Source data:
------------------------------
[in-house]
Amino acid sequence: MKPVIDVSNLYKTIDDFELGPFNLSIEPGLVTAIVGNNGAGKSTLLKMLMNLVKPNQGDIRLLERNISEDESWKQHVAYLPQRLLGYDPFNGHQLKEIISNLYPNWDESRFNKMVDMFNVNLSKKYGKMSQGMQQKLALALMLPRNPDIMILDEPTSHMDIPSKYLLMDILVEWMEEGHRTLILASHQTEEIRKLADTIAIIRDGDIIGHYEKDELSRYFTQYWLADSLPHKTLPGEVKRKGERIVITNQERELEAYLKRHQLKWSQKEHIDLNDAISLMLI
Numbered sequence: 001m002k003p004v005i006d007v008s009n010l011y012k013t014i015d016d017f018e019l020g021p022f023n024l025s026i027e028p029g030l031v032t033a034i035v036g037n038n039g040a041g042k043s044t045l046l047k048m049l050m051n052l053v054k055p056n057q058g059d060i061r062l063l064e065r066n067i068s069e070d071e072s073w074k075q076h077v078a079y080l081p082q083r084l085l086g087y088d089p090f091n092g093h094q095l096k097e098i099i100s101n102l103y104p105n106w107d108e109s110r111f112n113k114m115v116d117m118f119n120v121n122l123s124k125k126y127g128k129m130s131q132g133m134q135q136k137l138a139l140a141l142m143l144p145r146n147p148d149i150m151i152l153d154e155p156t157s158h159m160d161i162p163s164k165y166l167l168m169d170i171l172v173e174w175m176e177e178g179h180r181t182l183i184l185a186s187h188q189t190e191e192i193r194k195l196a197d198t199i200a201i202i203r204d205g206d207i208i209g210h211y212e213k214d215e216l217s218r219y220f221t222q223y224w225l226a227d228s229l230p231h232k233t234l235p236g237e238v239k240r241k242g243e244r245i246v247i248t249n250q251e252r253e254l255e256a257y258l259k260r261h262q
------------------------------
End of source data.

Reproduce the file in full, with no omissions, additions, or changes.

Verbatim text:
[in-house]
Amino acid sequence: MKPVIDVSNLYKTIDDFELGPFNLSIEPGLVTAIVGNNGAGKSTLLKMLMNLVKPNQGDIRLLERNISEDESWKQHVAYLPQRLLGYDPFNGHQLKEIISNLYPNWDESRFNKMVDMFNVNLSKKYGKMSQGMQQKLALALMLPRNPDIMILDEPTSHMDIPSKYLLMDILVEWMEEGHRTLILASHQTEEIRKLADTIAIIRDGDIIGHYEKDELSRYFTQYWLADSLPHKTLPGEVKRKGERIVITNQERELEAYLKRHQLKWSQKEHIDLNDAISLMLI
Numbered sequence: 001m002k003p004v005i006d007v008s009n010l011y012k013t014i015d016d017f018e019l020g021p022f023n024l025s026i027e028p029g030l031v032t033a034i035v036g037n038n039g040a041g042k043s044t045l046l047k048m049l050m051n052l053v054k055p056n057q058g059d060i061r062l063l064e065r066n067i068s069e070d071e072s073w074k075q076h077v078a079y080l081p082q083r084l085l086g087y088d089p090f091n092g093h094q095l096k097e098i099i100s101n102l103y104p105n106w107d108e109s110r111f112n113k114m115v116d117m118f119n120v121n122l123s124k125k126y127g128k129m130s131q132g133m134q135q136k137l138a139l140a141l142m143l144p145r146n147p148d149i150m151i152l153d154e155p156t157s158h159m160d161i162p163s164k165y166l167l168m169d170i171l172v173e174w175m176e177e178g179h180r181t182l183i184l185a186s187h188q189t190e191e192i193r194k195l196a197d198t199i200a201i202i203r204d205g206d207i208i209g210h211y212e213k214d215e216l217s218r219y220f221t222q223y224w225l226a227d228s229l230p231h232k233t234l235p236g237e238v239k240r241k242g243e244r245i246v247i248t249n250q251e252r253e254l255e256a257y258l259k260r261h262q